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For in our rather long description,
There's not a finger-breadth of fiction.
And should we mind the lofty wholly ?
And always let alone the lowly?

Go-to! The hearts of great and small,
Did not one Maker make them all?
And did he for the heirs of gold
Provide some much superior mould?
Not so..
All fashioned are by Him,
As much alike as limb to limb.

Doubtless endeavour may control
Surging emotion in the soul;
The wild upheaving of the will,
May learn the lesson, "Peace, be still;"
And, sway'd by Christ-like education,
Temper may rest in calm salvation.

And then, the week's work done, how sweet,
The evening hour when neighbours meet!
How the time flies, on silent wings,
Forgot, like grief, while gladness sings!
As June forgets last winter's weather,
So friends miss care when met together!

But as in summer, storm may rise,
And vex us with a sore surprise ;

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So, in the friendly circle even,
Anger and pride may shut out heaven;
May make us say the words we should not;
And do the very things we would not.

The cottage found,-and far be fiction,—
A meeting time of this description :
John, with his wife, and some few more,
Had turn'd out care, and shut the door;
At length, John's wife, without a joke,
Took up her parable, and spoke.

And then were touch'd untuneful chords;
And then were heard unkindly words,—
Words sad as weeping at a wedding;
And John, the style of "henpeck'd" dreading,
Tho' hard to him as aught in life,

Lifted his hand, and struck his wife!

Then care returning, ruled the room;
And joy retired in solemn gloom;
And silence, as tho' wild eyes glisten'd,
Gazed in the dark, and strangely listen'd;
But John, for full a fortnight, heard

Not, from his wife, another word.

Each morning saw him on his way
To where his place of labour lay;

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And the fair star of even burning,
Beheld him from his toil returning;
But could, or morn, or even, show
Where his wife's tongue had gone to? No!

It should be somewhere, he was certain; But who could tell behind what curtain? The clock his wife took wondrous pride in; But could her tongue the timepiece hide in? Unlikelier places have been read of ; So would he draw the dear clock's head off!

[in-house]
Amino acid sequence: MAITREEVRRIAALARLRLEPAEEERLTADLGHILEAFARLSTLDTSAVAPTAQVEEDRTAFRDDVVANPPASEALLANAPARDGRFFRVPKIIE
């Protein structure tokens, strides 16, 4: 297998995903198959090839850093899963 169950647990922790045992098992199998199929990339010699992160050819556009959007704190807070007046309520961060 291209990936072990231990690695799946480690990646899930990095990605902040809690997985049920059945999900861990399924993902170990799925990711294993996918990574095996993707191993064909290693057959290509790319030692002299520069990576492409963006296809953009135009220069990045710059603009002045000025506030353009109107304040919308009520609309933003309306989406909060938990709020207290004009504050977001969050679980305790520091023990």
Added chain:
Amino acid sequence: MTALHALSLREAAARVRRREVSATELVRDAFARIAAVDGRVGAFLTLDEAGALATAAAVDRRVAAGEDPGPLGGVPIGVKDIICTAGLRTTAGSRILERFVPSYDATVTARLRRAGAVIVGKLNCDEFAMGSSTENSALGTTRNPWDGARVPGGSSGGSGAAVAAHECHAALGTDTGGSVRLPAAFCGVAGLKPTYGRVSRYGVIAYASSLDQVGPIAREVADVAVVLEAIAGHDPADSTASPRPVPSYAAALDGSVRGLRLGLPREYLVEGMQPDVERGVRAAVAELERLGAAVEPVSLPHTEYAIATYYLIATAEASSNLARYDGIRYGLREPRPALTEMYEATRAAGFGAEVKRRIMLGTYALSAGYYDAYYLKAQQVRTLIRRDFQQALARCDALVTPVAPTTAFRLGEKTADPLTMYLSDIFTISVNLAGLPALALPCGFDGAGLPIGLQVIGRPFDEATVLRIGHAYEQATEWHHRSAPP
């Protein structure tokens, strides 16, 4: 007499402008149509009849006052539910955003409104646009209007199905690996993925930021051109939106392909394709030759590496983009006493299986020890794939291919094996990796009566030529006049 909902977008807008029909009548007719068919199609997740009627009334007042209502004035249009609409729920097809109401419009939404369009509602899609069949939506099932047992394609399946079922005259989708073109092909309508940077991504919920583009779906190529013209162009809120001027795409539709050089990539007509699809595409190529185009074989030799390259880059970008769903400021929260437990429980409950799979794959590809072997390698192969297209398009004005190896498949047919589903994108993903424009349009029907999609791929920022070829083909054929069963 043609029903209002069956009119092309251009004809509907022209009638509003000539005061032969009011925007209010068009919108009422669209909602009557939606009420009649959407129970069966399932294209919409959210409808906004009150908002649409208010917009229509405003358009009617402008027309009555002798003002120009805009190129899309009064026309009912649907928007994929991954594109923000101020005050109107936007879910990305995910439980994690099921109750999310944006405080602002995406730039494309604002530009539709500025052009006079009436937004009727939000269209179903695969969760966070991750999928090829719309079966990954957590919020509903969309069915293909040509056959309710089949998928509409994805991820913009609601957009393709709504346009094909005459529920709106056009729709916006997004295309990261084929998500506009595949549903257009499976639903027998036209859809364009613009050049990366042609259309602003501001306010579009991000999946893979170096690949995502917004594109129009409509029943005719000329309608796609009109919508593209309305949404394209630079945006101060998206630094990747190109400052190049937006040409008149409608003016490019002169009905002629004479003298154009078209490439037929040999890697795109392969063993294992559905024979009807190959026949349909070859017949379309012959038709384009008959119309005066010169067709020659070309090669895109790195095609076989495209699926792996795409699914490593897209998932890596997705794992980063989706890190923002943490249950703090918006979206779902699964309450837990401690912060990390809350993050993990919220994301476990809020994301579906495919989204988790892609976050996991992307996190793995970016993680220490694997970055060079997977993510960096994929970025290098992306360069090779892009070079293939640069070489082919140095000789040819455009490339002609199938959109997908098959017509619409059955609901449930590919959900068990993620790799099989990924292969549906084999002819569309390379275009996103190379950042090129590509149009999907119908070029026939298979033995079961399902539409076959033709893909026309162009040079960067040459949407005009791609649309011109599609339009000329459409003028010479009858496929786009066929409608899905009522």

Scarce could the woman trust her eyes, The daring deed so wrought surprise! "What art thou looking for?" she cried; “All's right! I've found it!" he replied. From that time forth, her tutor❜d tongue Was fit for speech, or cheerful song.


Good temper is a pledge of pleasure;
But pride in haste is pain at leisure.

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BEAUTIFUL Summer! Io! Io!
Of lily and roseland, queen!
Reigning wherever the breezes blow,
Wherever the silvery waters flow,

In the blue above, and the bright below,—
Reigning in splendour serene!
Thou smilest upon us wherever we go!
Beautiful Summer! Io! Io!

Beautiful Summer! Io! Io!

How rosy the rising day!
Delight is upon us before we know,
Wherever the silvery waters flow,
Wherever the golden glories glow,
Or wither among the hay!
What welcoming voices wherever we go!
Beautiful Summer! Io! Io!

Beautiful Summer! Io! Io!
How lovely the sunset scene!


Fadeth the splendour so calmly slow,
As if it were almost unwilling to go;
As if it would rather yet stay to show

That Summer, the fair, is Queen!
Softly the shadows their curtain draw;-
Beautiful Summer! Io! Io!



OH! welcome to England! fair welcome!
Thou comest with music of Spring;

With love-lays that unto the dell come,—
With the songs that the sunbirds sing!
The winterly sadness,

Far passeth away;
And glory and gladness
Reign over the day!

And welcome to England! oh, welcome art thou,
As brightness to beauty,—as bloom to the bough!

Come gladly, as birds to the dell come,
When sunshine the summer robe weaves!

Believe in the homage of welcome,
As love in devotion believes!

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